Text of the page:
Salon Discovery “NMSU Astronomy: Clyde Tombaugh and Beyond”
Sep 18 @ 7:30 pm – 9:00 pm
Colloquium: Bryan Butler (Host: Nancy Chanover)
Jan 27 @ 3:15 pm – 4:15 pm
Colloquium: Bryan Butler (Host: Nancy Chanover) @ BX 102

Observations of Solar System Bodies with the VLA and ALMA

Dr. Bryan Butler, NRAO

Observations of solar system bodies at wavelengths from submm to meter wavelengths provide important and unique information about those bodies. Such observations probe to depths unreachable at other wavelengths – typically of order 10-20 wavelengths for bodies with solid surfaces, and as deep as tens of bars for those with thick atmospheres (the giant planets). In the past five years, two instruments have been commissioned which have revolutionized the ability to make very sensitive, high-resolution observations at these wavelengths: the Karl G. Jansky Very Large Array (VLA) and the Atacama Large Millimeter/Submillimeter Array (ALMA). I will present a discussion of results over the past five years from observations from both the VLA and ALMA. These include observations of the atmospheres of all of the giant planets, the rings of Saturn, and the surfaces of many icy bodies in the outer solar system. I will also present plans for the Next Generation Very Large Array (ngVLA), the next step for millimeter to centimeter wavelength interferometry.

Pizza Lunch: Jean McKeever
Mar 13 @ 12:30 pm – 1:30 pm
Pizza Lunch: Jean McKeever @ AY 119

Red Giants in Eclipsing Binary Systems

Jean McKeever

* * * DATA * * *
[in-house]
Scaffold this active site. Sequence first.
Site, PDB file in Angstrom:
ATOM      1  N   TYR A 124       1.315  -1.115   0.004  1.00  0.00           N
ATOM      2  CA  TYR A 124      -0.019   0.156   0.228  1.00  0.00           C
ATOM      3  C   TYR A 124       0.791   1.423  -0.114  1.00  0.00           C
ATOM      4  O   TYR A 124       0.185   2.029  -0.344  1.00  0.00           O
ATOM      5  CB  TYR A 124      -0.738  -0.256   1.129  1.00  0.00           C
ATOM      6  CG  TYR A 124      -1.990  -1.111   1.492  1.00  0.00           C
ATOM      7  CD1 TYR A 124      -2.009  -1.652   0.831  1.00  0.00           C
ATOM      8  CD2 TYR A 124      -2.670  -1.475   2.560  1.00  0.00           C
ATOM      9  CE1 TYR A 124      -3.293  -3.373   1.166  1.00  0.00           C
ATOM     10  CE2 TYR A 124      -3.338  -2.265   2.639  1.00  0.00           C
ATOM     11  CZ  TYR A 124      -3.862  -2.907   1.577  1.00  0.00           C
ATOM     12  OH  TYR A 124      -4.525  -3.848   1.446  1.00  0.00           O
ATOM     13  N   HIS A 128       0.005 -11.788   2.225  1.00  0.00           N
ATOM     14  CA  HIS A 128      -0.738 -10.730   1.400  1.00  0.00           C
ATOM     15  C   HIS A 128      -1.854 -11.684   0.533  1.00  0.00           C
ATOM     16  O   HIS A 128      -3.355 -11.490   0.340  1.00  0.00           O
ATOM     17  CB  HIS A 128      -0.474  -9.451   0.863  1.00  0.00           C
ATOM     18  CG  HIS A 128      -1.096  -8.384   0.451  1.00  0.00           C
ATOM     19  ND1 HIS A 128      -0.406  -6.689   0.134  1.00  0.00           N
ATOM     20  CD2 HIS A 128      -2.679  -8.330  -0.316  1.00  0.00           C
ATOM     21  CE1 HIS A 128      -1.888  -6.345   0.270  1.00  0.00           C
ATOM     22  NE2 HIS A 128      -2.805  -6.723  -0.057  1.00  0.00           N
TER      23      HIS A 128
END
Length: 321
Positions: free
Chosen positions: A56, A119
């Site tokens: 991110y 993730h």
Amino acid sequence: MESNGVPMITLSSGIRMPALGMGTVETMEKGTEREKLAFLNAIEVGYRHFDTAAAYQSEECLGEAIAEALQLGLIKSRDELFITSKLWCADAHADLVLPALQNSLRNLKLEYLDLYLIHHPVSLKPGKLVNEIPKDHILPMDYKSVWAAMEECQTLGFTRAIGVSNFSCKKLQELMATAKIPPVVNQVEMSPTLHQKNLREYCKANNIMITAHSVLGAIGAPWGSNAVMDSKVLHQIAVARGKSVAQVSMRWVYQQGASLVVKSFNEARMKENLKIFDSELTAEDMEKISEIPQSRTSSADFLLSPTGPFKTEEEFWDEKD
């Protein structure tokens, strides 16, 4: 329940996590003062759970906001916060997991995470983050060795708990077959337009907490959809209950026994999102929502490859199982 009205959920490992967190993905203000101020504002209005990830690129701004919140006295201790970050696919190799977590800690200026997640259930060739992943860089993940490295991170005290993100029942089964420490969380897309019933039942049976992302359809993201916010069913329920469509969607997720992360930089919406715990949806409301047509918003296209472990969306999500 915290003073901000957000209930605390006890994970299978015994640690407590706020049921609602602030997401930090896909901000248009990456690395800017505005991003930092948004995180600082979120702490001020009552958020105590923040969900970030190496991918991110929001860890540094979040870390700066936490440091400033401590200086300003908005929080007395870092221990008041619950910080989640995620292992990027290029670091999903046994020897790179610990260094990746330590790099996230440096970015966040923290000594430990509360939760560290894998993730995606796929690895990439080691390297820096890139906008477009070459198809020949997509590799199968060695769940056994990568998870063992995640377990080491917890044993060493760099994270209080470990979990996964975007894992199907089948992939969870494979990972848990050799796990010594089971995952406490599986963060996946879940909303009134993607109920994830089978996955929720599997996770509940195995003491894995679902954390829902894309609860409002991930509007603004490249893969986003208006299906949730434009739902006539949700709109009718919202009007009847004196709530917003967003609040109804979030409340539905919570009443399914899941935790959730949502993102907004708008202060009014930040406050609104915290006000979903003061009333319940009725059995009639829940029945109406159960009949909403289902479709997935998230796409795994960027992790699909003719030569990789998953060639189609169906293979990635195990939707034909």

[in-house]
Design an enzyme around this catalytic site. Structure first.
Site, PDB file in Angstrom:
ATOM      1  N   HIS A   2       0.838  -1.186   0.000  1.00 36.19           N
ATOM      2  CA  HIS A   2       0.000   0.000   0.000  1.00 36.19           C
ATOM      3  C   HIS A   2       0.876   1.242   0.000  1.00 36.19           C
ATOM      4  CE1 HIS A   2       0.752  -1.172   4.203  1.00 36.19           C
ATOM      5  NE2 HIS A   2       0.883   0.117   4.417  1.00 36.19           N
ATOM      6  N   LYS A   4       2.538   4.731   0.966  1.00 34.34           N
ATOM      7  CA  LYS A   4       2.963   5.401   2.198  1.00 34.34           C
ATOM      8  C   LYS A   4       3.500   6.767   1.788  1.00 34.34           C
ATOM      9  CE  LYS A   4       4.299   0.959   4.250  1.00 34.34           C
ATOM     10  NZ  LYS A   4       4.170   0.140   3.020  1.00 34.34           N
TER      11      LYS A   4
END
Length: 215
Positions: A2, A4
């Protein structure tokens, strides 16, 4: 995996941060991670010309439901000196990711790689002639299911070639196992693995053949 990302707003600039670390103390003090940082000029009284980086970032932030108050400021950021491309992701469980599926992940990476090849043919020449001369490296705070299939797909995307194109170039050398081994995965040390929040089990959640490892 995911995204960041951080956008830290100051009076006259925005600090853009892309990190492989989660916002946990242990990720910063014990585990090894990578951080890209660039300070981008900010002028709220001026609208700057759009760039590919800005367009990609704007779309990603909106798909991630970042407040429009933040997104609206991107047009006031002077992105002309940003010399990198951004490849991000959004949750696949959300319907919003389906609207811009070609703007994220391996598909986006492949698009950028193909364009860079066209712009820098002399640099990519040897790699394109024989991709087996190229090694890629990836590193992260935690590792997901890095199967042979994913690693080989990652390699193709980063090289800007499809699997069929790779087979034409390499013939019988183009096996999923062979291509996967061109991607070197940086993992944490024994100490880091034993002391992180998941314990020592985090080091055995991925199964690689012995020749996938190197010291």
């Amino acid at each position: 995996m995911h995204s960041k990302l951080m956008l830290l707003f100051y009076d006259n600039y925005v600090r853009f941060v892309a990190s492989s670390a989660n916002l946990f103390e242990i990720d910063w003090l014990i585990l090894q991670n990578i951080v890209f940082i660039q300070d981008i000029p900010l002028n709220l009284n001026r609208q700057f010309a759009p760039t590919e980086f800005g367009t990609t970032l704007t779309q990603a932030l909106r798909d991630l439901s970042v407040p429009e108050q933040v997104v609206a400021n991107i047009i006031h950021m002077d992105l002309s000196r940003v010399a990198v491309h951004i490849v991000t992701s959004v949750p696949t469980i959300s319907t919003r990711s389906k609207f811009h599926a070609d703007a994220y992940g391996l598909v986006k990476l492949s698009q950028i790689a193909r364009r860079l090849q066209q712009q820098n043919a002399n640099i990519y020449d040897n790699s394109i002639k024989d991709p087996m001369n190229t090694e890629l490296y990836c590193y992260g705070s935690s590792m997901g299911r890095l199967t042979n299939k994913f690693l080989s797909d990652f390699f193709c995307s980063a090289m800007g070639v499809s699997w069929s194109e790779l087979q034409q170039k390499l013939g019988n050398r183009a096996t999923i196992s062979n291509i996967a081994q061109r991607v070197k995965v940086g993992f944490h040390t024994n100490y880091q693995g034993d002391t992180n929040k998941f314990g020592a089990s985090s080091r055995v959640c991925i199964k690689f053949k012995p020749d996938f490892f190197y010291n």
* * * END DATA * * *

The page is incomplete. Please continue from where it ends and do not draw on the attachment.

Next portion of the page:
Joint Physics/Astronomy Colloquium: William Newman
Mar 28 @ 4:00 pm – 5:00 pm
Joint Physics/Astronomy Colloquium: William Newman @ Gardiner Hall 229, Physics. Dept. | Ames | Iowa | United States

Giant Planet Shielding of the Inner Solar System Revisited: Blending Celestial Mechanics with Advanced Computation

Dr. William Newman, UCLA

The Earth has sustained during the last billion years as many as five catastrophic collisions with asteroids and comets which led to widespread species extinctions. Our own atmosphere was literally blown away 4.5 billion years ago by a collision with a Mars-sized impactor. However, collisions with comets originating in the outer solar system accreted much of the present-day atmosphere. Relatively advanced life on our planet is the beneficiary of a number of impact events during Earth’s history which built our atmosphere without destroying a large fraction of terrestrial life. Using very high precision Monte Carlo integration methods to explore the orbital evolution over hundreds of millions of years followed by the application of celestial mechanical techniques, the presentation will explain directly how Earth was shielded by the combined influence of Jupiter and Saturn, assuring that only 1 in 100,000 potential collisions with the Earth will materialize.